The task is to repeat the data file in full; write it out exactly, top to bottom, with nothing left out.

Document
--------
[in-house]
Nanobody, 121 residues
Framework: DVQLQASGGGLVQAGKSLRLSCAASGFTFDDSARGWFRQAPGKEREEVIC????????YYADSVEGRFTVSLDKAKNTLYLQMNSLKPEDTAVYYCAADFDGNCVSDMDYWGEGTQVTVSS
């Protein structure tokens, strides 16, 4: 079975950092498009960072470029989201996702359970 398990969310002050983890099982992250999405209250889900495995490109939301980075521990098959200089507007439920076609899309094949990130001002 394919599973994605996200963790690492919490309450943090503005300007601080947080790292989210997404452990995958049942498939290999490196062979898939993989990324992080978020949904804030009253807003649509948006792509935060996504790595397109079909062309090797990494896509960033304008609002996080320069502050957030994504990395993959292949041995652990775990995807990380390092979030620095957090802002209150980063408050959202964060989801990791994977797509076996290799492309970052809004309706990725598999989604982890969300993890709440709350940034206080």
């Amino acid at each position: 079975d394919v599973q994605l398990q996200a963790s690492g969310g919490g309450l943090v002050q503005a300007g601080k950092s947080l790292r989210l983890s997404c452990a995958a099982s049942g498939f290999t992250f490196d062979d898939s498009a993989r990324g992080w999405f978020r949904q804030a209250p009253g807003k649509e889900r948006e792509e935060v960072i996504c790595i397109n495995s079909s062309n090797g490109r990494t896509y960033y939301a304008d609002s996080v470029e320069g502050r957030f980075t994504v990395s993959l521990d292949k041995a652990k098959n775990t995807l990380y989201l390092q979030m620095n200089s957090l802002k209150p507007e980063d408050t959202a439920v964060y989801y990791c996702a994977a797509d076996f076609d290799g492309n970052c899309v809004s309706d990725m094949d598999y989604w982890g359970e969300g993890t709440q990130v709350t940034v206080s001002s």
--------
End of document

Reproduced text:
[in-house]
Nanobody, 121 residues
Framework: DVQLQASGGGLVQAGKSLRLSCAASGFTFDDSARGWFRQAPGKEREEVIC????????YYADSVEGRFTVSLDKAKNTLYLQMNSLKPEDTAVYYCAADFDGNCVSDMDYWGEGTQVTVSS
């Protein structure tokens, strides 16, 4: 079975950092498009960072470029989201996702359970 398990969310002050983890099982992250999405209250889900495995490109939301980075521990098959200089507007439920076609899309094949990130001002 394919599973994605996200963790690492919490309450943090503005300007601080947080790292989210997404452990995958049942498939290999490196062979898939993989990324992080978020949904804030009253807003649509948006792509935060996504790595397109079909062309090797990494896509960033304008609002996080320069502050957030994504990395993959292949041995652990775990995807990380390092979030620095957090802002209150980063408050959202964060989801990791994977797509076996290799492309970052809004309706990725598999989604982890969300993890709440709350940034206080």
């Amino acid at each position: 079975d394919v599973q994605l398990q996200a963790s690492g969310g919490g309450l943090v002050q503005a300007g601080k950092s947080l790292r989210l983890s997404c452990a995958a099982s049942g498939f290999t992250f490196d062979d898939s498009a993989r990324g992080w999405f978020r949904q804030a209250p009253g807003k649509e889900r948006e792509e935060v960072i996504c790595i397109n495995s079909s062309n090797g490109r990494t896509y960033y939301a304008d609002s996080v470029e320069g502050r957030f980075t994504v990395s993959l521990d292949k041995a652990k098959n775990t995807l990380y989201l390092q979030m620095n200089s957090l802002k209150p507007e980063d408050t959202a439920v964060y989801y990791c996702a994977a797509d076996f076609d290799g492309n970052c899309v809004s309706d990725m094949d598999y989604w982890g359970e969300g993890t709440q990130v709350t940034v206080s001002s």